In 2017, farm operators submitted applications requesting more than 206,000 seasonal workers who rely on H-2A visas, compared with requests for more than 90,000 workers in 2012, according to the Labor Department.

Farms, trade and NAFTA

Loss of NAFTA would hit grain and livestock markets at a time when farmers are already hurting. U.S. farm income fell by 50% from 2013 to 2016, and when the numbers are finalized, farm income for 2017 is expected to be only 3% higher, primarily on livestock profits.

"Commodity prices are going to be down for just about everything again this year. As other countries are producing more of their own food, there's less need for them to buy from the U.S.," said Darin VonRuden, president of the Wisconsin Farmers Union.

Darin Von Ruden, president of Wisconsin Farmers Union, says 2018 will be a pivotal year for agriculture with so many issues on the table, including immigration reform, international trade deals and commodity prices. He's worried that Trump administration policies, while helpful to some, won't benefit small and midsize farms.

"You watch your neighbors go out of business and hope that you can make it through the next round," VonRuden said.

American farmers want Canada to ease restrictions on U.S. dairy products, and they also fear losing easy access to the Mexican market.

One of every nine tanker loads of milk from Wisconsin ends  up in dairy products out of the country, with much of it going to Mexico.

Millions of bushels of Wisconsin corn are exported, putting any type of trade dispute into perspective.

"By and large, we are starting to see a lot of frustrations from farmers who are tied into the economy at that level," said Chris Holman, a farmer from Stevens Point.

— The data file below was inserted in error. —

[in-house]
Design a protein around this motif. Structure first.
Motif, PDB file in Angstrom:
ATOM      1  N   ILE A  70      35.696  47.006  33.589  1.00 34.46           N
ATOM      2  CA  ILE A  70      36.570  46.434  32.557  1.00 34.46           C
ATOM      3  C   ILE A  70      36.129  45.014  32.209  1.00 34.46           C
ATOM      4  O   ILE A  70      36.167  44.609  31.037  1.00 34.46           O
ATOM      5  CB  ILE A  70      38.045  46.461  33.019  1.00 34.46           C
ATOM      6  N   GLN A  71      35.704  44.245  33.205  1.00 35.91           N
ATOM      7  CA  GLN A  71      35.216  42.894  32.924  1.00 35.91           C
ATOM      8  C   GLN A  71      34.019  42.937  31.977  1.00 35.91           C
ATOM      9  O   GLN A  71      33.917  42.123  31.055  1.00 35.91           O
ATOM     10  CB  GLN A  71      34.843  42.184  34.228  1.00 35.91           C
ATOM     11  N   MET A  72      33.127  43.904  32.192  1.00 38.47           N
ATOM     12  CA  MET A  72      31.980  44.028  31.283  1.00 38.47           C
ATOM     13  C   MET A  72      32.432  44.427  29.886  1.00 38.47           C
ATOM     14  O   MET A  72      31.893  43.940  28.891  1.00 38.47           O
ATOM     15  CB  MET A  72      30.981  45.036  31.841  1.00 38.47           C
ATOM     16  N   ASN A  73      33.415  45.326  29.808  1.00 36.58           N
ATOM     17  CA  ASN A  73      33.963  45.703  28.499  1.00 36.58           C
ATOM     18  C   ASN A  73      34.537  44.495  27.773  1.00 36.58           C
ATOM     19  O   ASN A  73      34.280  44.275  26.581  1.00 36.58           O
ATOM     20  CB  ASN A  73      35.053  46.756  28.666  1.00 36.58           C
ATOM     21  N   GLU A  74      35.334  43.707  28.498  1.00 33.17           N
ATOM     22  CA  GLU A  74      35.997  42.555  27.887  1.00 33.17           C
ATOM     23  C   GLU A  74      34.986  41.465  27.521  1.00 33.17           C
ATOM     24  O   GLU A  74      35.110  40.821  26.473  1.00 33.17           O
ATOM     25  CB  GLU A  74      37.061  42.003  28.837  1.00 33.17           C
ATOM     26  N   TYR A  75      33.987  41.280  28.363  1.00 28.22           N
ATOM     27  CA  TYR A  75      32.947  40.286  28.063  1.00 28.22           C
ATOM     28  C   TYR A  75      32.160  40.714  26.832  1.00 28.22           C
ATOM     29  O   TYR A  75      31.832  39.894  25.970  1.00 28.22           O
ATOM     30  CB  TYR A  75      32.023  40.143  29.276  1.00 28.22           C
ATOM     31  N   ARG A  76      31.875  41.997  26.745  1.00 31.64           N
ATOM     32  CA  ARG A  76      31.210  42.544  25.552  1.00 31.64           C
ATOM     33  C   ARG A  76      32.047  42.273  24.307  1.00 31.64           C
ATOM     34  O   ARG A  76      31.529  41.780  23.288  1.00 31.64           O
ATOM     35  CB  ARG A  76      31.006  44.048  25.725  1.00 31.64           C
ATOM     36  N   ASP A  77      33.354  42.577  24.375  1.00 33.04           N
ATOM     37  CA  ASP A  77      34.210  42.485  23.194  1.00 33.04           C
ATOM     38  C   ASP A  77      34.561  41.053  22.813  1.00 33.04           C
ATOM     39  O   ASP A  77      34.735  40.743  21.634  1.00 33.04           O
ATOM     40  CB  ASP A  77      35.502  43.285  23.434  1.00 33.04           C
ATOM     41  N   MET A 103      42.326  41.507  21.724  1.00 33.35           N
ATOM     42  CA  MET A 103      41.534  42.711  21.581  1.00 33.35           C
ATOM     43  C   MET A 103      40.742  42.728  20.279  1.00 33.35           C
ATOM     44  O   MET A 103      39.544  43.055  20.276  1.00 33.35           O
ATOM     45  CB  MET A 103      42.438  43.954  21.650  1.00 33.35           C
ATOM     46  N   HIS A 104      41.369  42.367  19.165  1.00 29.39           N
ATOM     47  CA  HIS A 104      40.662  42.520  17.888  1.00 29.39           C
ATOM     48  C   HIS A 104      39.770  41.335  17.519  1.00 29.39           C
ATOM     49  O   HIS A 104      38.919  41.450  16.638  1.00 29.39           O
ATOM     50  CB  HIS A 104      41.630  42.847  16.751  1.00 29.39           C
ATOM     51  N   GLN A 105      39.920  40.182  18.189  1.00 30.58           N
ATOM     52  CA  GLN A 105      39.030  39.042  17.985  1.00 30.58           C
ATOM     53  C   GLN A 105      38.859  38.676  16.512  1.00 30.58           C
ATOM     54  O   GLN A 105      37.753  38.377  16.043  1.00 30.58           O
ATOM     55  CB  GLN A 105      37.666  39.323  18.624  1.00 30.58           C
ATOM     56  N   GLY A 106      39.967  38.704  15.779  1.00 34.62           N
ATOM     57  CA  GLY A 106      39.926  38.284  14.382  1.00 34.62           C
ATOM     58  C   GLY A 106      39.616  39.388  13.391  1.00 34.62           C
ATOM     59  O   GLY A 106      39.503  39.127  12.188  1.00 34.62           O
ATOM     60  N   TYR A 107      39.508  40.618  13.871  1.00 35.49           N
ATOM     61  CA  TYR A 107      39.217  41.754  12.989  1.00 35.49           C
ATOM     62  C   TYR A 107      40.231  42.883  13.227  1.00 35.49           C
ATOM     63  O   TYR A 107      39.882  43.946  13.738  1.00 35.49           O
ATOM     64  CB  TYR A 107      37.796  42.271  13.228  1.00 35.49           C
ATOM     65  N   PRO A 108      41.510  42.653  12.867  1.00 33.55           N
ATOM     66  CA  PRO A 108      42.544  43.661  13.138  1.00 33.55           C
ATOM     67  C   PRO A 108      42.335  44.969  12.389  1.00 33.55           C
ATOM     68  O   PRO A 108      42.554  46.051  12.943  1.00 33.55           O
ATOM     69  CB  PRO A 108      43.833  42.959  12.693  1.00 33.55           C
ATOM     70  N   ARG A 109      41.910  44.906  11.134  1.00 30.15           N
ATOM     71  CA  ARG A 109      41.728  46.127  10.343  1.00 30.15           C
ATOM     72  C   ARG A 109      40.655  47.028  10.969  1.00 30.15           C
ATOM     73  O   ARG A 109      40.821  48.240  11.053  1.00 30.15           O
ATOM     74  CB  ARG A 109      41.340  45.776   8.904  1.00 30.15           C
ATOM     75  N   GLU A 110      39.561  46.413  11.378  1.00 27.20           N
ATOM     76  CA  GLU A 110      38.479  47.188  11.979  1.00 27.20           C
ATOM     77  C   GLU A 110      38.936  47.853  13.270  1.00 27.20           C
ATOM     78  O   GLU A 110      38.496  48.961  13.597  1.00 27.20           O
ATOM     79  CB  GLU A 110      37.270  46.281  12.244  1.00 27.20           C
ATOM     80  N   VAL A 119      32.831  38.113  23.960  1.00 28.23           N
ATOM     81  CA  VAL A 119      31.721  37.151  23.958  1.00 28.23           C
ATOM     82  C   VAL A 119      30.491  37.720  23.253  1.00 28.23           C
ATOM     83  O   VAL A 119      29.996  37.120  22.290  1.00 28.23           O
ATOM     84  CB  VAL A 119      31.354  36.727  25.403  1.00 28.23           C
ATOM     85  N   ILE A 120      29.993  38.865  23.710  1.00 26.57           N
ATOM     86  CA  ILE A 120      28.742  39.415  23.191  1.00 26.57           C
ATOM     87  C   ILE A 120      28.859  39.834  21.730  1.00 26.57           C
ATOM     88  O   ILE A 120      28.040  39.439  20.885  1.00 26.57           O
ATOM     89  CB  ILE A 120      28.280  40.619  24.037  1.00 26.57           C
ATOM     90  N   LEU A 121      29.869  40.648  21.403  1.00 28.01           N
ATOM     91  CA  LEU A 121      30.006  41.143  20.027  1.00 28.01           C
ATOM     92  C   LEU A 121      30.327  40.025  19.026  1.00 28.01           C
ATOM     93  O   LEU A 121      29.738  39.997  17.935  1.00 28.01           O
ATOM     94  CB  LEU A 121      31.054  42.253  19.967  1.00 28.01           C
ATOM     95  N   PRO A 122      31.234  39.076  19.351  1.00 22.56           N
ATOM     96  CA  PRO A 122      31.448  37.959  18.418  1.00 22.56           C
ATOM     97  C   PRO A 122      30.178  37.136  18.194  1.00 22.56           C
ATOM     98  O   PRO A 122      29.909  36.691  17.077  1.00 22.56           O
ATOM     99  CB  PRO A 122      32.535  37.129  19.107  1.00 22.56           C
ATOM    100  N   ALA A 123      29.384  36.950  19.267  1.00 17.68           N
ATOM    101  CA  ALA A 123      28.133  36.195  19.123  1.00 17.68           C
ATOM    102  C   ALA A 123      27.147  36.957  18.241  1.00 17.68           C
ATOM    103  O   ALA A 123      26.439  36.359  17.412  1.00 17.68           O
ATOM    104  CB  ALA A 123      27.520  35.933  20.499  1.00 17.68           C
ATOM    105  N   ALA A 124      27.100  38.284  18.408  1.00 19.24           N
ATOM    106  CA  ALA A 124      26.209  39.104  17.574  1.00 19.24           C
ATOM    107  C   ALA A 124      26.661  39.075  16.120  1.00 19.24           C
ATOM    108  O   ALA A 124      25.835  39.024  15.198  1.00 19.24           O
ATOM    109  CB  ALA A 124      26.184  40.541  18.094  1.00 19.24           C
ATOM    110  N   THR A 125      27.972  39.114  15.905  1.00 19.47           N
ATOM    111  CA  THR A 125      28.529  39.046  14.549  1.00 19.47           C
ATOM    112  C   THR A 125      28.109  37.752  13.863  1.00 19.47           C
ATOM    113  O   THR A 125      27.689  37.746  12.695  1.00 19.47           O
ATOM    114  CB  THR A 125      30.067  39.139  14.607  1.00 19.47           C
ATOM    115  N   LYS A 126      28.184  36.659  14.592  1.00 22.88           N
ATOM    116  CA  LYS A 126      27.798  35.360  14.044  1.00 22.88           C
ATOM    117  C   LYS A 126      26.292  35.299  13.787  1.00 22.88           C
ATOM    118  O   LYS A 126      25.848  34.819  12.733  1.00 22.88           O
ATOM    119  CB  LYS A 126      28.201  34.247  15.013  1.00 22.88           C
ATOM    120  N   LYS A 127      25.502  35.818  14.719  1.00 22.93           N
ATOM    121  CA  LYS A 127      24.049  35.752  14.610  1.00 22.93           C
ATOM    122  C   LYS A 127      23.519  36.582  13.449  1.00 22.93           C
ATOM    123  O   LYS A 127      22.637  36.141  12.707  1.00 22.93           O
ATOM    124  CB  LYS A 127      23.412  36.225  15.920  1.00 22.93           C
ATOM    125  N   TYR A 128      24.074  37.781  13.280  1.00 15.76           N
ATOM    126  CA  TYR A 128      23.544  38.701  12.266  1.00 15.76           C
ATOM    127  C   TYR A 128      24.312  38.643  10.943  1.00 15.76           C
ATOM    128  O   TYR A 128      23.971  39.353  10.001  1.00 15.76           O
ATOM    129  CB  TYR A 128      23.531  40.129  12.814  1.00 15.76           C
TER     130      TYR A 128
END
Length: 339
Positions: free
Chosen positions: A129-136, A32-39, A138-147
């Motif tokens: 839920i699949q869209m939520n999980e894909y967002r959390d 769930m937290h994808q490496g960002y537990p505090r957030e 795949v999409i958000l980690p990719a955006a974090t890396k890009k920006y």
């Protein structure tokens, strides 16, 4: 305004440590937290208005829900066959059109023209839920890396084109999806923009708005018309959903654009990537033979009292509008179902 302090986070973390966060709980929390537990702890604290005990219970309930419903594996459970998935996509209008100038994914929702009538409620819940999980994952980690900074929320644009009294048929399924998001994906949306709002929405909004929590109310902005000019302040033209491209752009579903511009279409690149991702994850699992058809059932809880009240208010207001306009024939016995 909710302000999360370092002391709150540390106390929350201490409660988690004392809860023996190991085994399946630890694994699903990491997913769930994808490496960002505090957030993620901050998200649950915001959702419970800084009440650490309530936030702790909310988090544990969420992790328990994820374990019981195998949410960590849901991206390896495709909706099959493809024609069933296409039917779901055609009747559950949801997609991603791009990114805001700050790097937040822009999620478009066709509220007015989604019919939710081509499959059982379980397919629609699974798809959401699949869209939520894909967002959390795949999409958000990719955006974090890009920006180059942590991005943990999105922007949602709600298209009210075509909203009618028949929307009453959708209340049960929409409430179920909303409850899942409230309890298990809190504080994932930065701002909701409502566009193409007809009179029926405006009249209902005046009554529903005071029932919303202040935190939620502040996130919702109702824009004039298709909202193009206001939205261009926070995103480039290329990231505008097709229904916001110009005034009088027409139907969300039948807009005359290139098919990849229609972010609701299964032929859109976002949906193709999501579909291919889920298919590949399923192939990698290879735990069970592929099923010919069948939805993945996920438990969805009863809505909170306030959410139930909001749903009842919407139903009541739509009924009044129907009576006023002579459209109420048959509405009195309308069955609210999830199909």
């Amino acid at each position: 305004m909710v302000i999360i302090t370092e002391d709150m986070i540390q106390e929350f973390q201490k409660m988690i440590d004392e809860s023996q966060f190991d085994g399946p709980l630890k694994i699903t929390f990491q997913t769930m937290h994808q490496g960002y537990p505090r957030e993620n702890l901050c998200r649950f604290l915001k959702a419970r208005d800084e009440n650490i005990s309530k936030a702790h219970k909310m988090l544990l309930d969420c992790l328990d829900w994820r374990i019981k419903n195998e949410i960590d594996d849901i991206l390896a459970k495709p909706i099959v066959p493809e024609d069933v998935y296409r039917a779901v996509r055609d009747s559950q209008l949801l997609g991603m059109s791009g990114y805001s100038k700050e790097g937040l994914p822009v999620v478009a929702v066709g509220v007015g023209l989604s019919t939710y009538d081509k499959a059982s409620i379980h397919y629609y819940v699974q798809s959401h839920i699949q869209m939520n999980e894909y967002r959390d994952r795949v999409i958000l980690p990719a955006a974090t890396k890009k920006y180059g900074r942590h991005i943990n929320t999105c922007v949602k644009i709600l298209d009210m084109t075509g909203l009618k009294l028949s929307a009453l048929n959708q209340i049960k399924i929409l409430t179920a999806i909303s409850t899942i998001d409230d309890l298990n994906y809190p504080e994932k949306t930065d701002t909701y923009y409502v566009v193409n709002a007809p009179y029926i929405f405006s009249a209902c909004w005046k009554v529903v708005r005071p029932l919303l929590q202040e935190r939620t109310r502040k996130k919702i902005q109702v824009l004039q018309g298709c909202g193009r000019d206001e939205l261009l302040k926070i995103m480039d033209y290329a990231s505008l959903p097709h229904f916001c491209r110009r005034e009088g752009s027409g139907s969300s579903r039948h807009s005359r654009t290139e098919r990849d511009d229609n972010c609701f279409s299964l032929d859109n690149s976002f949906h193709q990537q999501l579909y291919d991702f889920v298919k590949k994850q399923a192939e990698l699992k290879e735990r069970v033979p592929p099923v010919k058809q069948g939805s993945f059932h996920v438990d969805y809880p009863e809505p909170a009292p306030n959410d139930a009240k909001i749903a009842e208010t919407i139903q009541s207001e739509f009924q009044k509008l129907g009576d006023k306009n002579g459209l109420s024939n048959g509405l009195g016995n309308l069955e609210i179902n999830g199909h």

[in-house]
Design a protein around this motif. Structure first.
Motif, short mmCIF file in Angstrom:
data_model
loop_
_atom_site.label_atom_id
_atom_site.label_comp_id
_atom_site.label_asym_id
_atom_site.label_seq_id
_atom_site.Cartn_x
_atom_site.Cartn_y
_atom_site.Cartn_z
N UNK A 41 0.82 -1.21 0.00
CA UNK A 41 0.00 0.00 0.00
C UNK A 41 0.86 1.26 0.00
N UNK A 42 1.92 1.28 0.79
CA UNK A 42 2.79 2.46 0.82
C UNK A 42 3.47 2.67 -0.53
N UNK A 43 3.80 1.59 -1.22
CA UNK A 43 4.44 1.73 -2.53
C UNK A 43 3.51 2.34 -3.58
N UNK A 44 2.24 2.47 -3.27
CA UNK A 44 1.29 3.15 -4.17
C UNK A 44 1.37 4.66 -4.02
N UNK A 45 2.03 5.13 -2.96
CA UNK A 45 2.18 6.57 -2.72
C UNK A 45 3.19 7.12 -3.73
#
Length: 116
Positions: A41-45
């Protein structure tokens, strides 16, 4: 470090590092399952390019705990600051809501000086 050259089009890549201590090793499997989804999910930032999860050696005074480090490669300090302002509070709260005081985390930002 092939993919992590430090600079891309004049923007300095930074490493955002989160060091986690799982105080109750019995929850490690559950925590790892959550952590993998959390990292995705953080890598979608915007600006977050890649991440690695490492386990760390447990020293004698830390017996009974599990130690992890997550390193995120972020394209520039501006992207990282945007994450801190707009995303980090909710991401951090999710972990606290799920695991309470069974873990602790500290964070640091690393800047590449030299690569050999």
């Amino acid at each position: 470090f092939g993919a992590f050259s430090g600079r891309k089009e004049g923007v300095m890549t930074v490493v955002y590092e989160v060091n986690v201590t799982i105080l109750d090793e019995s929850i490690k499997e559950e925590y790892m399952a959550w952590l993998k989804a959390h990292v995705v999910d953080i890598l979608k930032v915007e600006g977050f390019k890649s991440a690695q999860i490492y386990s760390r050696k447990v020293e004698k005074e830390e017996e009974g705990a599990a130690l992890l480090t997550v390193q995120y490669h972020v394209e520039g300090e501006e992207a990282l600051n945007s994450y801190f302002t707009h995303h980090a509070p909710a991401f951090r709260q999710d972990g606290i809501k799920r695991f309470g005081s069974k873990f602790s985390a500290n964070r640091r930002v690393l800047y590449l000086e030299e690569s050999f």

"We have a major problem of over production in this country, and we use exports as a relief valve to maintain market price," said Michael Slattery, a Manitowoc County farmer who spent nearly 20 years working in domestic and international finance, including 12 years for Japan's largest bank.

Meanwhile, massive piles of corn across Iowa help explain why trade is so important to Mark Recker, president of the Iowa Corn Growers Association.

Iowa farmers grew 2.54 billion bushels of corn last year, the second-largest crop after 2016.

“We grow a lot of corn. We do a great job of it. A lot of times, we grow ourselves into surplus,” Recker said. “We manage that surplus by developing markets overseas.”

Trump wants to renegotiate the North American Free Trade Agreement. The loss of NAFTA “could be catastrophic,” said Recker, who farms in northeast Iowa.

“It would be detrimental to the U.S. corn market,” he said. “There can’t not be an impact. It doesn’t take care of itself in a few weeks.”

Currently, Mexico is the main buyer of U.S. corn, spending $2.6 billion in 2016, and some experts estimate that as much as 50% of the nation’s migrant workers may be in the country illegally.

Mexico is already looking to other countries for food in case the U.S. withdraws from NAFTA, said Dermot Hayes, an Iowa State University agricultural economist.

Altogether, the country has bought nearly $18 billion of American farm products, with corn, soybeans, pork and dairy leading its purchases.

“They’re talking to the Europeans, the Argentinians to set up a backup plan,” he said. “Those talks would only intensify” if the U.S. decides to withdraw from NAFTA.

A family business

Farmers and experts are also concerned that decreasing profits and fewer farmers will discourage future farmers from entering the business.

"During the '20s, '30s, '40s and '50s, if a young person wanted to get into agriculture, they had a family member to go to and learn from," said Thomas Burrell, president of the 15,000-member, Memphis-based Black Farmers and Agriculturists Association.

"Now, it is infinitely more difficult for the next generation to get a foothold in agriculture and large farmers don't currently have the economic incentive to train them," Burrell said. 

Rick Barrett contributed to this story.